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Which do you think is the most dramatic scene in the play 'Romeo and Juliet?'

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Which do you think is the most dramatic scene in the play 'Romeo and Juliet?' The play 'Romeo and Juliet' was written by William Shakespeare probably in 1595. Shakespeare was brought up in the Elizabethan age; during this period there was a great cultural and artistic Renaissance. Shakespeare's contempory audience would have been mostly peasants. Modern audiences as well as Shakespeare's 17th Century audience can relate to 'Romeo and Juliet' because it deals with a number of moral and social ideas e.g. young marriages, feuds and loyalty. The play deals with a number of philosophical implications including love, hatred and revenge. I believe that the most dramatic scene in the play 'Romeo and Juliet' is that of Act 1 scene 5. This is the scene where Romeo and Juliet first set eyes on each other. "A pair of star crossed lovers take their life." This is an extract from the prologue, which emphasises the force of fate. It is in fact a doomed premonition, so we know before the play begins that Romeo and Juliet's relationship will ultimately lead to their deaths. ...read more.


Which is ironic because their relationship leads to her death. This is not the first time in the play where Romeo acts in a melodramatically manner. Earlier on in the play he is so caught up with his relationship with Roseline that he doesn't really get involved with the feud between the Montague and the Capulet's. I get the impression Romeo is quite a romantic, smutty character. There are also other parts of the play, which emphasise Romeo's romantic naivety. "It is the East and Juliet is the sun. Arise fair sun and kill the envious moon." This is a quote from Act 2 scene 2; Romeo uses a metaphor to compare Juliet to the Sun. He is telling her to kill the envious moon. The night reveals their love and isolates them despite their love is associated with light symbolically they can't love in daylight and society. Juliet posses some similarities to Romeo. She to instantly falls in love with Romeo despite the fact her parents want her to marry Paris. ...read more.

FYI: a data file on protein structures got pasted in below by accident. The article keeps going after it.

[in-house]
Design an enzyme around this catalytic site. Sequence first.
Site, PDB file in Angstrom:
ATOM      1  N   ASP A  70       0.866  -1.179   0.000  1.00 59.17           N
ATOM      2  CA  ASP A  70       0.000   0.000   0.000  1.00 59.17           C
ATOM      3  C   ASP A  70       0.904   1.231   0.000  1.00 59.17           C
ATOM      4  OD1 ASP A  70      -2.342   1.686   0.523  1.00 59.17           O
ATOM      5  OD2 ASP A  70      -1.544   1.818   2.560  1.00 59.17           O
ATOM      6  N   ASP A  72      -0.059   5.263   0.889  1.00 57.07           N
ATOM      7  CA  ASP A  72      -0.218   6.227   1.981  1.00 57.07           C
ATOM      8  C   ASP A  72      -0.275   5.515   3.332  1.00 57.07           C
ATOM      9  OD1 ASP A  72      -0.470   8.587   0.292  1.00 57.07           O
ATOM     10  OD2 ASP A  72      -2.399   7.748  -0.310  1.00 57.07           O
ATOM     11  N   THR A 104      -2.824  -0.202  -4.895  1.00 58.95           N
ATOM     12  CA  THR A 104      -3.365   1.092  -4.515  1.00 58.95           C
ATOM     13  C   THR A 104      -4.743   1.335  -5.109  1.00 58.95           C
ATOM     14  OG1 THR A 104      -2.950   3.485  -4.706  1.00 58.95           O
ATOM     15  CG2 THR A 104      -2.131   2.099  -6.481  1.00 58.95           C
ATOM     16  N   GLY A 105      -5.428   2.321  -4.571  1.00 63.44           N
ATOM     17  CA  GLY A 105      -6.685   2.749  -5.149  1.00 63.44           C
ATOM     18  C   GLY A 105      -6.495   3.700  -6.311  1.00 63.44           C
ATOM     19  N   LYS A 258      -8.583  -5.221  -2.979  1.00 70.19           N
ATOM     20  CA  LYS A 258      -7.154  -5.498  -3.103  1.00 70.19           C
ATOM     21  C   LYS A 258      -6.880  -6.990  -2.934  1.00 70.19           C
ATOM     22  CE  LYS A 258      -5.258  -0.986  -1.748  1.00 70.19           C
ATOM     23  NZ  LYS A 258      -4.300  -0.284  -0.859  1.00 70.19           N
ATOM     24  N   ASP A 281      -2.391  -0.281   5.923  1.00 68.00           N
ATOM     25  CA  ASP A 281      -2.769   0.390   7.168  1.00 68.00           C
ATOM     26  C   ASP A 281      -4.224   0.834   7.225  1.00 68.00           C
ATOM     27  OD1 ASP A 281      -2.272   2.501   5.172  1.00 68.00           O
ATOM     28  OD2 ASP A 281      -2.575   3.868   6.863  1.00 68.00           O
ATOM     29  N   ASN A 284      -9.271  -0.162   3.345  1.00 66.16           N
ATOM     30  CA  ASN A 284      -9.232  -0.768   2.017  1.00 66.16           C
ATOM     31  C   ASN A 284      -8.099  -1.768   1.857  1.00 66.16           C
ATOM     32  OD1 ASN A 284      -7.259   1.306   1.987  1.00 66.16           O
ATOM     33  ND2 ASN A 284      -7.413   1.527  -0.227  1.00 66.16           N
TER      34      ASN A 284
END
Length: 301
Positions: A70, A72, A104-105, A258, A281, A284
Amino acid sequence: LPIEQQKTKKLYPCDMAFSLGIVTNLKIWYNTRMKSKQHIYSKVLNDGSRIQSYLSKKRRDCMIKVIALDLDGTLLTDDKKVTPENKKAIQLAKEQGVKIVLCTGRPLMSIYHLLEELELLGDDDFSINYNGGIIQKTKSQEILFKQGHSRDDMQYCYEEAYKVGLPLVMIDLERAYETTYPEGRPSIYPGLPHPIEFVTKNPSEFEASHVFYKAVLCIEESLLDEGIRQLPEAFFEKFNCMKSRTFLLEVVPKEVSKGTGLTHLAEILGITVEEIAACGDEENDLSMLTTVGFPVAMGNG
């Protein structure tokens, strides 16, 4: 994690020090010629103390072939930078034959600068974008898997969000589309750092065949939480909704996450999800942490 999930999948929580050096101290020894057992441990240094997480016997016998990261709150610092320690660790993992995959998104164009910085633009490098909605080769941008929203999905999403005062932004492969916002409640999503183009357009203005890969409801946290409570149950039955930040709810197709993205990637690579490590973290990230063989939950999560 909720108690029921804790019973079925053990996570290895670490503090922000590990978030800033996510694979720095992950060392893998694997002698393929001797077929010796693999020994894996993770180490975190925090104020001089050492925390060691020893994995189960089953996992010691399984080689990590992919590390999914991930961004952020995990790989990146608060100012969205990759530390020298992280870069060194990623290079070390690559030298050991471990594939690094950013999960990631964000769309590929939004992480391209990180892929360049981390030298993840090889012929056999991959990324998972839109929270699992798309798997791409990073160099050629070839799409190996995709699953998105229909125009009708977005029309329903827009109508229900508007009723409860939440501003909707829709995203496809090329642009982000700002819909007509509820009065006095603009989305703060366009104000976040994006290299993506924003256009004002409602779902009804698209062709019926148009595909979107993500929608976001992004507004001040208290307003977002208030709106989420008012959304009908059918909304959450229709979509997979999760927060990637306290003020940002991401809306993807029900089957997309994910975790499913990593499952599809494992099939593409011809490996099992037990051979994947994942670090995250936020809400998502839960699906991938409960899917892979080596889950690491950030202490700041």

This emphasises how much Tybalt hates the Montague's. Romeo doesn't seem to be causing any harm, but Tybalt feels the Montague's are mocking his family by gate crashing their festivities. Tybalt immediately sends for his rapier, which shows he's quite a violent, irrational character. The fight scene in Act 3 scene 1 where Tybalt kills Mercutio also represents Tybalt's violent aggressive temperament. Tybalt tries to convince Capulet that the Montague's are making a mockery of the Capulet's celebrations and they must be punished. Capulet tells Tybalt that they are to be endured. " Patience perforce with wilful choler meeting makes my flesh tremble in their different greeting. I will withdraw; but this intrusion shall now seeming sweet, convert to bitterest gall." Tybalt is full of rage and anger, he says that the intrusion will be welcome now, but later it will turn bitterly sour. Tybalt feels humiliated at the intrusion and he is out for revenge, which later on In the play has tragic consequences. I get the impression from reading the scene that Tybalt is a bucolic, obnoxious character. Simon Johnson English Coursework October 2003 1 ...read more.

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